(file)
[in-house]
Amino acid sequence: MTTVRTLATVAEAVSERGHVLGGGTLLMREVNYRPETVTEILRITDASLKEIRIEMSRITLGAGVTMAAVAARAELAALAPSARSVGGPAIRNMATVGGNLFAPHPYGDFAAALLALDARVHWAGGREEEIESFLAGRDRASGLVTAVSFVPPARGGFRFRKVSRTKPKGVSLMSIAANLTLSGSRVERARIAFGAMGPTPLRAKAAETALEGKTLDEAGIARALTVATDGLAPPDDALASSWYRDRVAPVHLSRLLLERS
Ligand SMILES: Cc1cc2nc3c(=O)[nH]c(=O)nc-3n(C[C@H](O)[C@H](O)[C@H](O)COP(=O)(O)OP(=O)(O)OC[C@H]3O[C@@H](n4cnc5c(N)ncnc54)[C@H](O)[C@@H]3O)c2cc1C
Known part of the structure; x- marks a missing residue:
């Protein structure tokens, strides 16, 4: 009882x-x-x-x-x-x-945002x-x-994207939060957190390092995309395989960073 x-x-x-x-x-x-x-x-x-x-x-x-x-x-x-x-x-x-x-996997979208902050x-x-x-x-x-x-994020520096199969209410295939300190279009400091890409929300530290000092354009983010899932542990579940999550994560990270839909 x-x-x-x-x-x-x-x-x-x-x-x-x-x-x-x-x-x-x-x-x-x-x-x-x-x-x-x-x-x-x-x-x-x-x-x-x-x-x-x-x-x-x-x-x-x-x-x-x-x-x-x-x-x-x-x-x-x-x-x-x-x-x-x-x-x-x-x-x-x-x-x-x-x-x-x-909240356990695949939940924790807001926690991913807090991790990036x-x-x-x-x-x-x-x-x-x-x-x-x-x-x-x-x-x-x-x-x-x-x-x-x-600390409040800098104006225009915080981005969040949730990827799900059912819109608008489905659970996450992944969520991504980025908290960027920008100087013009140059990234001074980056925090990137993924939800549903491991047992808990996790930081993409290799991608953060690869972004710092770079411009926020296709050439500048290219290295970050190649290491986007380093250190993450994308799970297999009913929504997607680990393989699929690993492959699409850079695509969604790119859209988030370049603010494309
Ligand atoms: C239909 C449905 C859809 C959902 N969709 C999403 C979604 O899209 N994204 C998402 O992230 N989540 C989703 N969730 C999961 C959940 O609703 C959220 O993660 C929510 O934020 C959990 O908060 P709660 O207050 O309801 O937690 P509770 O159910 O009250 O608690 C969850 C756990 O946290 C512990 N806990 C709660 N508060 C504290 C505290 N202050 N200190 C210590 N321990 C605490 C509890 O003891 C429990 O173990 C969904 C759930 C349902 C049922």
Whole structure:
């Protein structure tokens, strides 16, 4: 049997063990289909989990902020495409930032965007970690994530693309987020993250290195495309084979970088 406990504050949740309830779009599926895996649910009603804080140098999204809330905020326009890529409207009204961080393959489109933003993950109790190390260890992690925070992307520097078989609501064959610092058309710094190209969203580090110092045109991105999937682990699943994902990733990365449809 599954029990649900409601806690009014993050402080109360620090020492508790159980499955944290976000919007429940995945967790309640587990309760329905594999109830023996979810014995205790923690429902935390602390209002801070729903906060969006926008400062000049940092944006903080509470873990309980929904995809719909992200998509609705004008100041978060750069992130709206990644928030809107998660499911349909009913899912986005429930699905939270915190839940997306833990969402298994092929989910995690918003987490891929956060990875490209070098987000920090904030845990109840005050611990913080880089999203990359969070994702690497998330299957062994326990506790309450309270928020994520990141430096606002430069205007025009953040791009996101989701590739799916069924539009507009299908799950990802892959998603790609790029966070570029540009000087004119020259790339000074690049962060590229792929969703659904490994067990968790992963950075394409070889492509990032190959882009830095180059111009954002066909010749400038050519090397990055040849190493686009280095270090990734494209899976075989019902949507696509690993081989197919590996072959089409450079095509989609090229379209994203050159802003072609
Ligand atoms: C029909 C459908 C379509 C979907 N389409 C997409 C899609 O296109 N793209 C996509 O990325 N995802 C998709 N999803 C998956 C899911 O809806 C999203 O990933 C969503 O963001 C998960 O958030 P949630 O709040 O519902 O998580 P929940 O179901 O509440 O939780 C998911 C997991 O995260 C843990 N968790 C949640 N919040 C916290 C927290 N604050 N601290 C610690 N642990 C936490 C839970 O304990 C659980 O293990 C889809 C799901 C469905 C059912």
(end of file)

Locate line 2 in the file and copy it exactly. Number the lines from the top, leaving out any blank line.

Amino acid sequence: MTTVRTLATVAEAVSERGHVLGGGTLLMREVNYRPETVTEILRITDASLKEIRIEMSRITLGAGVTMAAVAARAELAALAPSARSVGGPAIRNMATVGGNLFAPHPYGDFAAALLALDARVHWAGGREEEIESFLAGRDRASGLVTAVSFVPPARGGFRFRKVSRTKPKGVSLMSIAANLTLSGSRVERARIAFGAMGPTPLRAKAAETALEGKTLDEAGIARALTVATDGLAPPDDALASSWYRDRVAPVHLSRLLLERS